Conditional Pardon No.745, Dated: 31 December 1836, Trade; Dairy and Housemaid, Offence: Stealing Clothes, Year of Birth 1786

Iris Dunne on 22nd January, 2018 wrote of William Martin:

Convicted: 21 April 1819
Calling: Potter
year of Birth 1803
Ticket of Leave No.298/1232 dated 29 July 1824

Parramatta Gaol, 17 November 1842, Free, Native Place: Stafford, Protestant, Trade: Potter

Iris Dunne on 22nd January, 2018 wrote of Elizabeth Miller:

Convicted: 20 September 1826

Ticket of Leave No.29/763 dated 18 September 1829

Certificate of Freedom No.33/1190, dated 31 October 1833, Prisoner’s No.27/1466, Wife of William Martin on ship Eliza (1) Free by Servitude. Had a Ticket of Leave No.31/128 dated 16 April 1831 now surrendered and cancelled

Iris Dunne on 22nd January, 2018 wrote of William Martin:

Married to Elizabeth Miller, convict ship Princess Charlotte 1827 - as per her Ticket of Leave Butt (State Records Authority of NSW, NRS 12210, 1833, TOL 33/1190, dated 31 October 1833)

Iris Dunne on 22nd January, 2018 wrote of Hannah Murphy:

Convicted: 14 September 1826
Hannah the wife of Patrick Murphy
Occupation: Dairy woman washerwoman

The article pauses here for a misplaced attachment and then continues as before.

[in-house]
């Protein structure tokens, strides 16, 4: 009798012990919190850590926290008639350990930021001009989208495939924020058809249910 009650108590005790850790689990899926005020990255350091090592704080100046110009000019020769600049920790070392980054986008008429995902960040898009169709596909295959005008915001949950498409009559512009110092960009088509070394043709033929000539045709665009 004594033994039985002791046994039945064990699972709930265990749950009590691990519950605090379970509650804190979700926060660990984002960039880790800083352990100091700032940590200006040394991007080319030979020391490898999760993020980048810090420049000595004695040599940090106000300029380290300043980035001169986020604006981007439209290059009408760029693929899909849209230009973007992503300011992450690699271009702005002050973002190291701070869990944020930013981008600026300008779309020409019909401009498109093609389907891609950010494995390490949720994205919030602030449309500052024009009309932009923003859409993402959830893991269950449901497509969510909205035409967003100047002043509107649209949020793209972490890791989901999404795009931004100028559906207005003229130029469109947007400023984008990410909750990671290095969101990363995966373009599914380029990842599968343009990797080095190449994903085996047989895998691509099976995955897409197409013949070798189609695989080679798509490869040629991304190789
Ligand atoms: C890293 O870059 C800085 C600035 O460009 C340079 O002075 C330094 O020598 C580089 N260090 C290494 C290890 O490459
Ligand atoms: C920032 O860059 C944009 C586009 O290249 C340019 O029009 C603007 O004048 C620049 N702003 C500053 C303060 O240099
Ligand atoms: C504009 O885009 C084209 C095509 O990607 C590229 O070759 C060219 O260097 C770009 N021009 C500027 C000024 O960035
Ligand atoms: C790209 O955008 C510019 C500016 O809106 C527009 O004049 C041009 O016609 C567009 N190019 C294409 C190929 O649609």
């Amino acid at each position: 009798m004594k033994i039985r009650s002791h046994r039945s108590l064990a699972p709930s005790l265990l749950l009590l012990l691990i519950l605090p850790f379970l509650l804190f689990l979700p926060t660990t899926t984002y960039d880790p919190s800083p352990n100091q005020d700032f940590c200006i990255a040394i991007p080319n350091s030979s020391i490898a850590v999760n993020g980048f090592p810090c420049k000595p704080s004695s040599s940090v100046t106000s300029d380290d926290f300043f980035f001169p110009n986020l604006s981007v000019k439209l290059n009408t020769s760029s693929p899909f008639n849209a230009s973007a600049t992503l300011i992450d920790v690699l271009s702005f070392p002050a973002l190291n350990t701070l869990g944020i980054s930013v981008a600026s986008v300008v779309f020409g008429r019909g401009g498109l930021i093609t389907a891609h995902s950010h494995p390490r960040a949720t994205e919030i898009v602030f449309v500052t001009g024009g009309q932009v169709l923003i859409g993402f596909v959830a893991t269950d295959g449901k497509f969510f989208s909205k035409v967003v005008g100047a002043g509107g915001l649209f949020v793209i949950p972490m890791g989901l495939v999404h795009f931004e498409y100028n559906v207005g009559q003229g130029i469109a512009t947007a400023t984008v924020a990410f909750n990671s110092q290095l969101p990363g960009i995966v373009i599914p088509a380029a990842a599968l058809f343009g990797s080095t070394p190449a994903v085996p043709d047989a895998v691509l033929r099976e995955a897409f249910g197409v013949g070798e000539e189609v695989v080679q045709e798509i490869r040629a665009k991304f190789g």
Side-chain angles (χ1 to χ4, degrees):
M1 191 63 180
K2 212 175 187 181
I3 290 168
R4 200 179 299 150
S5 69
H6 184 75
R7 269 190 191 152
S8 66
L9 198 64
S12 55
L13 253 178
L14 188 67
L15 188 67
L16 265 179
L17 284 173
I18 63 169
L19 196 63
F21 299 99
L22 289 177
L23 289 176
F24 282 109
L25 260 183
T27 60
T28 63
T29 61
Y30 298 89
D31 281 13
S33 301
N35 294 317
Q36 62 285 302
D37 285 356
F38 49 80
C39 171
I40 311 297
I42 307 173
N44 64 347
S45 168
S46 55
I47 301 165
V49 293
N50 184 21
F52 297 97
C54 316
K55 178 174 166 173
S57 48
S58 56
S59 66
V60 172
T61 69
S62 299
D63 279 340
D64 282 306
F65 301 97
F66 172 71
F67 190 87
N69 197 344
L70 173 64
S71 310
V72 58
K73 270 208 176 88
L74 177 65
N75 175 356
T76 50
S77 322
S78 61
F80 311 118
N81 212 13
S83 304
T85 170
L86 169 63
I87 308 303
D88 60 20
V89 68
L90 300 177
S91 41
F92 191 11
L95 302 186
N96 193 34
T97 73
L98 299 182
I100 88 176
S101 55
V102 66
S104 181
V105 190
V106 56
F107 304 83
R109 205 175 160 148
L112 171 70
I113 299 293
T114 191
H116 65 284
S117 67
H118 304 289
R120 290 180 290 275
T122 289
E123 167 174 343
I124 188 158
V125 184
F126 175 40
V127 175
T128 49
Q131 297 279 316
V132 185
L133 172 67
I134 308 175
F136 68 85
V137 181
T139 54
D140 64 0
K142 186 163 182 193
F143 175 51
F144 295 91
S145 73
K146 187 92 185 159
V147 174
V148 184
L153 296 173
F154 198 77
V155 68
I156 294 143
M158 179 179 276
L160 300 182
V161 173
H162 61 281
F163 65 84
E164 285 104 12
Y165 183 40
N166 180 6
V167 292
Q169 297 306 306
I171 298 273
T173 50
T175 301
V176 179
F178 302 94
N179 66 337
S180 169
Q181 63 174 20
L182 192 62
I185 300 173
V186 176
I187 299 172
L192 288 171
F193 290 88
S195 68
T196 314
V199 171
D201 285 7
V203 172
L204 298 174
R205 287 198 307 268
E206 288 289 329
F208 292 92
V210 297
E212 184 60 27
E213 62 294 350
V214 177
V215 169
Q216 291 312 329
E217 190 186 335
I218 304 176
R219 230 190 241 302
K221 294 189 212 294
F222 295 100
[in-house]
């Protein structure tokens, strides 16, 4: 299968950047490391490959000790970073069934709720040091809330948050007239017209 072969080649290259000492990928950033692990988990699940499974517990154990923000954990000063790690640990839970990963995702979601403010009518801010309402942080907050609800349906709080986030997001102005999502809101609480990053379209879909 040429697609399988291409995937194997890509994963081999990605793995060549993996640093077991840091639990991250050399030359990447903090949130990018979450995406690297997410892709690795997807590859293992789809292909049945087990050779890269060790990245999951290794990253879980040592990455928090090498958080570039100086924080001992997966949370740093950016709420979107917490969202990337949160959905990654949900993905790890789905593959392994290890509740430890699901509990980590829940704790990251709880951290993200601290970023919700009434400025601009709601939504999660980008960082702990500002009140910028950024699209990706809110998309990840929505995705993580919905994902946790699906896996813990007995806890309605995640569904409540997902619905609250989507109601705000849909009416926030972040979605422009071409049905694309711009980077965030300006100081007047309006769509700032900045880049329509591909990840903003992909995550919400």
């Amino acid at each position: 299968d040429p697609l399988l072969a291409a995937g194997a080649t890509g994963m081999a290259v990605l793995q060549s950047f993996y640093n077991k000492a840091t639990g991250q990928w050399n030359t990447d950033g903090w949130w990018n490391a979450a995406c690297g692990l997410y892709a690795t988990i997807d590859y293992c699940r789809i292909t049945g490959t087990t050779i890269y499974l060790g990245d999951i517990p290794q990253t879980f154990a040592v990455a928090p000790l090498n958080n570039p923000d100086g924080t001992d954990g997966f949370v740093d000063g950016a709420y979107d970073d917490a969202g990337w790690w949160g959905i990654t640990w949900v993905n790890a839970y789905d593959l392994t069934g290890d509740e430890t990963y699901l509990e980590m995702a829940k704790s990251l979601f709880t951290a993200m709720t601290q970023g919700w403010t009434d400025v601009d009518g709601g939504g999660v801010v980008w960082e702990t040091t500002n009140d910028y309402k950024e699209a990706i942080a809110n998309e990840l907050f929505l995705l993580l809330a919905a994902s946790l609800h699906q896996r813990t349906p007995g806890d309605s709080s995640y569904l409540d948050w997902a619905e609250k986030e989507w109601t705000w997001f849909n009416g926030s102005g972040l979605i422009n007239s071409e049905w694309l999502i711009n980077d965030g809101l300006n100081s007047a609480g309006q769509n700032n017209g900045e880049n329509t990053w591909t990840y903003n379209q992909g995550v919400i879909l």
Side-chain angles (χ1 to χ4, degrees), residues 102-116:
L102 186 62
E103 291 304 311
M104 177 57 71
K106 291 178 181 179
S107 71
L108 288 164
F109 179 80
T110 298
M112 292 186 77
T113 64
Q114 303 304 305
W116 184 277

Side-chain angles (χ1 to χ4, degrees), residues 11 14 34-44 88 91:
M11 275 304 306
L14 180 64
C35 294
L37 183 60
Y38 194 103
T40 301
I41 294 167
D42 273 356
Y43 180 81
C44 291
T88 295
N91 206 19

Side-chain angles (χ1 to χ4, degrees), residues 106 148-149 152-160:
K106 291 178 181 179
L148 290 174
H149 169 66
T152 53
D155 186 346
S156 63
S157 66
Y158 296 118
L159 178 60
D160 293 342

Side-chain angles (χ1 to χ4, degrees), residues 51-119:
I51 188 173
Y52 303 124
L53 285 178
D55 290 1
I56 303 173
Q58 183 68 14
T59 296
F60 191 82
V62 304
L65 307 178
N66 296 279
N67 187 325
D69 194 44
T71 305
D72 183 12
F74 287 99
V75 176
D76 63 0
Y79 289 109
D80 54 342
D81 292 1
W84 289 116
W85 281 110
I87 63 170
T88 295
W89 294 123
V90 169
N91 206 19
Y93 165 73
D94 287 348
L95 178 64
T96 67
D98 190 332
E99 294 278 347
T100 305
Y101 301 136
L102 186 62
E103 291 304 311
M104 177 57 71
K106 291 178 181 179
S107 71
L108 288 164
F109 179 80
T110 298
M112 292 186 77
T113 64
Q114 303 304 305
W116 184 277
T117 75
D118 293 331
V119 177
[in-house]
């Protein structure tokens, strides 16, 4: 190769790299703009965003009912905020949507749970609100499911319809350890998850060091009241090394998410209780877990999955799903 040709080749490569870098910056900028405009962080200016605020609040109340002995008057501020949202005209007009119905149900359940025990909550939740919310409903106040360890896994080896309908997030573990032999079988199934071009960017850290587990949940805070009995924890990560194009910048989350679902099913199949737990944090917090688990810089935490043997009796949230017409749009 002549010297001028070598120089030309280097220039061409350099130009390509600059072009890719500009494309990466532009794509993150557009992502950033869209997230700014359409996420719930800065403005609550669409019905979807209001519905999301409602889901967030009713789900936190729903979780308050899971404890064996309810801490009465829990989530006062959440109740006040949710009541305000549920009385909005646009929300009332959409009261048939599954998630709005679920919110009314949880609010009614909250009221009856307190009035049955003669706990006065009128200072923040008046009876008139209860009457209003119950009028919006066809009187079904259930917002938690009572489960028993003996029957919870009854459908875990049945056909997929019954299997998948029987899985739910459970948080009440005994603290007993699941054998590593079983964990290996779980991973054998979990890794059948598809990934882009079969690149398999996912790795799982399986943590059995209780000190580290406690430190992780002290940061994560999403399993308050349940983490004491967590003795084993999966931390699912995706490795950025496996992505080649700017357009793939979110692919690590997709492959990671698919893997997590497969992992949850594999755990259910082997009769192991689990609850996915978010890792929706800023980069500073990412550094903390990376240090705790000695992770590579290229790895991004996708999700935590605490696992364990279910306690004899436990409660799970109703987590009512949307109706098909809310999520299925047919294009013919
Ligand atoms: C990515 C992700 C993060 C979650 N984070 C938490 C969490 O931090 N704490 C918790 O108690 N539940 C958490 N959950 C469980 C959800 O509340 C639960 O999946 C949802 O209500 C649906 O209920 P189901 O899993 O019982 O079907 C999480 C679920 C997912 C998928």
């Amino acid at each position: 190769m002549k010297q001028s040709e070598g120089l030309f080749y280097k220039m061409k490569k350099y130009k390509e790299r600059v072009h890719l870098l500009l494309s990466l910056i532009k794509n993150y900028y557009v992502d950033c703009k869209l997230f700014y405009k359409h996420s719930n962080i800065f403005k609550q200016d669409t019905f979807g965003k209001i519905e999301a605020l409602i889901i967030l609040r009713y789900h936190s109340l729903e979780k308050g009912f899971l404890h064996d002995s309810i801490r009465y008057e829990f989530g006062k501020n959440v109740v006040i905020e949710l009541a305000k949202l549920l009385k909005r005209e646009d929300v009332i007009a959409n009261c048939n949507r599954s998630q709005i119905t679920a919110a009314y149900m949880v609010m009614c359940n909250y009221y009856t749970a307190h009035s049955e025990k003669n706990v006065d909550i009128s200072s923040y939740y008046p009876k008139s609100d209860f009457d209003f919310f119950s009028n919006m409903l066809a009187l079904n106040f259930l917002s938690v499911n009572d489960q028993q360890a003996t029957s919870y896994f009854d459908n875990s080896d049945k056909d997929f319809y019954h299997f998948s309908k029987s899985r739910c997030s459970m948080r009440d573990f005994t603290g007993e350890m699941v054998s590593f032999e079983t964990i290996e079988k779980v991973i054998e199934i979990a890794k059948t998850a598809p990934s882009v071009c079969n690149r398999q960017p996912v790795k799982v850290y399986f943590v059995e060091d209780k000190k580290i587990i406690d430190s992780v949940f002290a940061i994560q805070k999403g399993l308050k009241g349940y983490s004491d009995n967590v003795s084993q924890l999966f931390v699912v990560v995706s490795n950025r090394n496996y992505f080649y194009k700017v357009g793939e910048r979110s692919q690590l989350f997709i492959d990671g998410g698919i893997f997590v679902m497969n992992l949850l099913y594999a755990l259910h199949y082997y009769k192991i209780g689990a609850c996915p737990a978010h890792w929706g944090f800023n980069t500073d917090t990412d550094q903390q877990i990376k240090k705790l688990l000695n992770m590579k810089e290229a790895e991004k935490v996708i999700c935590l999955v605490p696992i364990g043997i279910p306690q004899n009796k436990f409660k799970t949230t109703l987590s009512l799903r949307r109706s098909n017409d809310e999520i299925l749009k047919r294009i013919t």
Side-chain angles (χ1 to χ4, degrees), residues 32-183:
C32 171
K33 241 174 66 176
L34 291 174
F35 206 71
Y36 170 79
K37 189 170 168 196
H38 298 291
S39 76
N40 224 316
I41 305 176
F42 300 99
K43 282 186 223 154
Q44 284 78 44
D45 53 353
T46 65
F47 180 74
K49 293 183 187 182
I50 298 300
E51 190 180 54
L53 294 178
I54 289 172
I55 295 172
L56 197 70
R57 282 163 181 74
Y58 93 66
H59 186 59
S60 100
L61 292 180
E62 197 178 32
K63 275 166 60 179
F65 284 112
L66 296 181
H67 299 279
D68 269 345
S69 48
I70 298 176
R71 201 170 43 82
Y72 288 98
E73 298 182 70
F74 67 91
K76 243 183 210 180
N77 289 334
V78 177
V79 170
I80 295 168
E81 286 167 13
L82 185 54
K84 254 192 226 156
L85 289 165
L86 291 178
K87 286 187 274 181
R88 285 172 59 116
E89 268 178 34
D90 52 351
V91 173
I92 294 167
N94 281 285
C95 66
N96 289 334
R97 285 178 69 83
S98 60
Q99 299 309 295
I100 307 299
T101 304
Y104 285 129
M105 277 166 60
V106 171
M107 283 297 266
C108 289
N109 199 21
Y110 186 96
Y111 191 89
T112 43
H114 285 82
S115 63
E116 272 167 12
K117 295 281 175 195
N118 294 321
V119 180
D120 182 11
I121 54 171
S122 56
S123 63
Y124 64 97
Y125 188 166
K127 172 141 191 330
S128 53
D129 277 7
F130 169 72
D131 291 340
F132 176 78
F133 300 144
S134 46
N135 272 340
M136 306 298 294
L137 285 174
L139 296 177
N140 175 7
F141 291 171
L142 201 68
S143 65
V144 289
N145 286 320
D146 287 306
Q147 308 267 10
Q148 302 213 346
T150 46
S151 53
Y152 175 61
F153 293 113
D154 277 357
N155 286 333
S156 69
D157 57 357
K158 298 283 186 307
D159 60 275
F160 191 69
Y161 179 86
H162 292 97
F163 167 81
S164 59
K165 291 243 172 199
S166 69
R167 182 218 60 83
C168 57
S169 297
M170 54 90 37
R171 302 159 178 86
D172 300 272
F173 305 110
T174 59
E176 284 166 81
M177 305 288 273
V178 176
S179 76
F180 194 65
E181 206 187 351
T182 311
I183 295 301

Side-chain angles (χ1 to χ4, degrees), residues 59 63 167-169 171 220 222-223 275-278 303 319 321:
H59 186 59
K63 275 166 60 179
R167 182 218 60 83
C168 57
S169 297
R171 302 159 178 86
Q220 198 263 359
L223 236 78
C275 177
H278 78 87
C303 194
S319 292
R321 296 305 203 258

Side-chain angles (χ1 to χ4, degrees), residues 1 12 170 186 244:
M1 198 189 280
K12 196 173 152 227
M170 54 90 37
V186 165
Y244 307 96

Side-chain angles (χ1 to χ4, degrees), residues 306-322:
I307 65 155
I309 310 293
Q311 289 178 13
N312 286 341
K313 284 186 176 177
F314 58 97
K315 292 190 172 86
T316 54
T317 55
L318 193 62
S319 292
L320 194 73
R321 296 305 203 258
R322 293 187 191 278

1828 NSW Census, aged 30, Est. birth year: abt 1798, District: Parramatta

Convict Index, aged 40, birth place Cork, married with 1 child, Occupation: Cook

Sydney Gaol, 30 September 1829, Female Factory, assigned to Mr John Smith, Newcastle, October 1

Ticket of Leave No.32/1129 dated 15 December 1832 - District: Maitland

Iris Dunne on 22nd January, 2018 wrote of Thomas (the Younger) Thomas:

Tried: 18 April 1813

Marriage Application: 10 Dec 1829 at St. Philips Church, Sydney, NSW to Helen Murray (Lamb) aged 43 Widow, ship Princess Charlotte 1827 - Thomas Thomas alias Rytherok b.1783 sentence Life

TOL No.176/2310 in Sydney, dated 8 May 1826 in lieu of No.18/243 (number hard to read), Year of birth 1784, Native Place: Brecknockshire

Marriage Permission granted 26 December 1829 - Named Thomas Thomas (Thomas Rutherick) Birth abt 1783 and Helen Murray

Conditional Pardon No.48/525, dated 31 December 1847, Trade: Sawyer, Year of Birth: 1784, No Offence written

 1 2 3 4 5 6 7 8 >  Last ›